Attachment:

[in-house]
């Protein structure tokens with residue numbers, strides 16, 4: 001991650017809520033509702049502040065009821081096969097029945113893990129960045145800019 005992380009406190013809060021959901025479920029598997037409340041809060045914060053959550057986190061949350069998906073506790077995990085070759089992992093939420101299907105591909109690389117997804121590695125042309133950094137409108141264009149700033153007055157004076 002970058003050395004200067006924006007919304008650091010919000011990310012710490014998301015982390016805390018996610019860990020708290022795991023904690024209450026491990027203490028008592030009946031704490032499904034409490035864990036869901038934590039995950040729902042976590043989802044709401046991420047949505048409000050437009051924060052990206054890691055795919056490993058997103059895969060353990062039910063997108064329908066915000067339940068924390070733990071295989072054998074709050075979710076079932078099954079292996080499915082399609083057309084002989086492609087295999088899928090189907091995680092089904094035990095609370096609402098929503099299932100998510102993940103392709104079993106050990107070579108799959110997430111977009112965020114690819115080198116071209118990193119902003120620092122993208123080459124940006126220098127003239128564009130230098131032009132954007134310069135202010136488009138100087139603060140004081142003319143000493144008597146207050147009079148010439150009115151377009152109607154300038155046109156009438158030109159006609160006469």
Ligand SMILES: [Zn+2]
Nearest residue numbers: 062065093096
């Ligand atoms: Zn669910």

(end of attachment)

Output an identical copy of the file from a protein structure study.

[in-house]
């Protein structure tokens with residue numbers, strides 16, 4: 001991650017809520033509702049502040065009821081096969097029945113893990129960045145800019 005992380009406190013809060021959901025479920029598997037409340041809060045914060053959550057986190061949350069998906073506790077995990085070759089992992093939420101299907105591909109690389117997804121590695125042309133950094137409108141264009149700033153007055157004076 002970058003050395004200067006924006007919304008650091010919000011990310012710490014998301015982390016805390018996610019860990020708290022795991023904690024209450026491990027203490028008592030009946031704490032499904034409490035864990036869901038934590039995950040729902042976590043989802044709401046991420047949505048409000050437009051924060052990206054890691055795919056490993058997103059895969060353990062039910063997108064329908066915000067339940068924390070733990071295989072054998074709050075979710076079932078099954079292996080499915082399609083057309084002989086492609087295999088899928090189907091995680092089904094035990095609370096609402098929503099299932100998510102993940103392709104079993106050990107070579108799959110997430111977009112965020114690819115080198116071209118990193119902003120620092122993208123080459124940006126220098127003239128564009130230098131032009132954007134310069135202010136488009138100087139603060140004081142003319143000493144008597146207050147009079148010439150009115151377009152109607154300038155046109156009438158030109159006609160006469």
Ligand SMILES: [Zn+2]
Nearest residue numbers: 062065093096
């Ligand atoms: Zn669910």